Robert N. Buck, President
Red River Federal Credit Union
P.O. Box 5909
Texarkana, TX 75505-5909
Re: Use of Imaging System for Records Storage.
Dear Mr. Buck:
Red River FCU is studying the feasibility of implementing an optical disk imaging computer system. You wrote to ask if the use of an optical disk imaging system for storage of key records such as applications for membership and joint share account agreements would be an acceptable substitute for microfilm. You also asked whether you would be required to retain the original hard copy forms for current members. Computer imaging is an acceptable substitute for microfilm, as long as the records remain accessible for reading and printing by auditors and examiners. In response to your second question, you need not treat the records of current members differently from those of former members. Records for both current and former members which have been microfilmed or imaged, may be destroyed following the next examination by NCUA and the next comprehensive annual audit by the supervisory committee, provided the individual share and loan ledgers are in balance with the general ledger control accounts. If any of the records pertain to discrepancies or shortages that have been discovered, such records should not be destroyed until the discrepancies or shortages have been cleared.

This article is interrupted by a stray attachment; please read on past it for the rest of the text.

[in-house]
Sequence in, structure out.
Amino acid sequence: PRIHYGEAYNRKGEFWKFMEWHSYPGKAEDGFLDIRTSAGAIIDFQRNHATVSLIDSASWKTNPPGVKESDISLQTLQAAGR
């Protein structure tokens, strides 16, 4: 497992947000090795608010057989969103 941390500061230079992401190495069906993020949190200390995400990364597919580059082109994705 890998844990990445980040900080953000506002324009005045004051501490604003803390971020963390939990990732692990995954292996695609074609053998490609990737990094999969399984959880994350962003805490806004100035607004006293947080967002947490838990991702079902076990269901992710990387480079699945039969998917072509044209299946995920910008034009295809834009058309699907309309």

The current NCUA Accounting Manual for Federal Credit Unions (the manual), at section 5190, sets forth agency policies for credit union record retention. It states that key records should be retained permanently unless they have been microfilmed. The purpose of microfilming records is to improve efficiency by limiting the resources a credit union must expend to maintain records. This goal may also be accomplished by use of an optical imaging computer system.
The manual recommends that, before making the decision to microfilm, the credit union obtain legal advice to ensure that microfilmed records will be accepted in a court of law in the jurisdiction where the credit union is located. This is also necessary for records captured in an optical disk imaging system.
The manual also warns that all original loan documents should be retained until the loan is satisfied and as required by other record retention laws. Please note that certain records, such as the credit union's charter, bylaws and amendments, are of such significance that the manual states that they must be permanently retained. Notwithstanding your use of an imaging system, you may not destroy the originals of those documents.
You must ascertain that any computer system under consideration meets Year 2000 requirements. Additionally, you should consider other applicable state and federal laws requiring record preservation before you make a decision concerning an optical imaging computer system. Finally, you should consult with your NCUA examiner to ensure that there are no safety and soundness issues presented by your plan.
Sheila A. Albin
Associate General Counsel